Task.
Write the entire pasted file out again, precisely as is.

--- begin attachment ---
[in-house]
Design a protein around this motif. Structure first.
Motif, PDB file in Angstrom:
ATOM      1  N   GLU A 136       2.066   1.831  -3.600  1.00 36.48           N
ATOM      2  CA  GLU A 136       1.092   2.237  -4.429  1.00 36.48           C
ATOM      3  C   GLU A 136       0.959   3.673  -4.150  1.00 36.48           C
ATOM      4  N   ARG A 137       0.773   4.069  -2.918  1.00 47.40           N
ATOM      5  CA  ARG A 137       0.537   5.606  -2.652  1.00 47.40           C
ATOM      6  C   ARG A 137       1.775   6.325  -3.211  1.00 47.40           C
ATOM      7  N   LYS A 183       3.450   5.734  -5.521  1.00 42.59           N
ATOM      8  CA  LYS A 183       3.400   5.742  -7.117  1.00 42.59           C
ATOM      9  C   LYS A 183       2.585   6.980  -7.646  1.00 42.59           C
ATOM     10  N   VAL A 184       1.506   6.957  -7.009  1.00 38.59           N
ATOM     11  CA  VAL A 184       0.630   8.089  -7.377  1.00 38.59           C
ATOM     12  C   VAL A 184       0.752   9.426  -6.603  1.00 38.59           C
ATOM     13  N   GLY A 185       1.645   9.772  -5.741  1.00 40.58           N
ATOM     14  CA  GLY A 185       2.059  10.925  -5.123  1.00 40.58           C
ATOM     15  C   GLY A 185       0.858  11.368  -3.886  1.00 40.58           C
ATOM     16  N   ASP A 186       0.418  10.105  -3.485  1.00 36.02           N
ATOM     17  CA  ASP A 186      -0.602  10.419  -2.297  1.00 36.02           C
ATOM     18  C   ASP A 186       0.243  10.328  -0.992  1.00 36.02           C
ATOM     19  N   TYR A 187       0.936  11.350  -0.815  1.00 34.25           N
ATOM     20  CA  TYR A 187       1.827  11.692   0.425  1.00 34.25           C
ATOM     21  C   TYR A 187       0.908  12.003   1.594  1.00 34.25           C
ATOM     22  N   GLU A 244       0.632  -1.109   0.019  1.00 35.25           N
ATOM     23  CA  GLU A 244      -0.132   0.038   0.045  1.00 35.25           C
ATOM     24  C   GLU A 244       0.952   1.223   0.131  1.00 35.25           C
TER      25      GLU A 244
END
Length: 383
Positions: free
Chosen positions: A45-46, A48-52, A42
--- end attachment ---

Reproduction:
[in-house]
Design a protein around this motif. Structure first.
Motif, PDB file in Angstrom:
ATOM      1  N   GLU A 136       2.066   1.831  -3.600  1.00 36.48           N
ATOM      2  CA  GLU A 136       1.092   2.237  -4.429  1.00 36.48           C
ATOM      3  C   GLU A 136       0.959   3.673  -4.150  1.00 36.48           C
ATOM      4  N   ARG A 137       0.773   4.069  -2.918  1.00 47.40           N
ATOM      5  CA  ARG A 137       0.537   5.606  -2.652  1.00 47.40           C
ATOM      6  C   ARG A 137       1.775   6.325  -3.211  1.00 47.40           C
ATOM      7  N   LYS A 183       3.450   5.734  -5.521  1.00 42.59           N
ATOM      8  CA  LYS A 183       3.400   5.742  -7.117  1.00 42.59           C
ATOM      9  C   LYS A 183       2.585   6.980  -7.646  1.00 42.59           C
ATOM     10  N   VAL A 184       1.506   6.957  -7.009  1.00 38.59           N
ATOM     11  CA  VAL A 184       0.630   8.089  -7.377  1.00 38.59           C
ATOM     12  C   VAL A 184       0.752   9.426  -6.603  1.00 38.59           C
ATOM     13  N   GLY A 185       1.645   9.772  -5.741  1.00 40.58           N
ATOM     14  CA  GLY A 185       2.059  10.925  -5.123  1.00 40.58           C
ATOM     15  C   GLY A 185       0.858  11.368  -3.886  1.00 40.58           C
ATOM     16  N   ASP A 186       0.418  10.105  -3.485  1.00 36.02           N
ATOM     17  CA  ASP A 186      -0.602  10.419  -2.297  1.00 36.02           C
ATOM     18  C   ASP A 186       0.243  10.328  -0.992  1.00 36.02           C
ATOM     19  N   TYR A 187       0.936  11.350  -0.815  1.00 34.25           N
ATOM     20  CA  TYR A 187       1.827  11.692   0.425  1.00 34.25           C
ATOM     21  C   TYR A 187       0.908  12.003   1.594  1.00 34.25           C
ATOM     22  N   GLU A 244       0.632  -1.109   0.019  1.00 35.25           N
ATOM     23  CA  GLU A 244      -0.132   0.038   0.045  1.00 35.25           C
ATOM     24  C   GLU A 244       0.952   1.223   0.131  1.00 35.25           C
TER      25      GLU A 244
END
Length: 383
Positions: free
Chosen positions: A45-46, A48-52, A42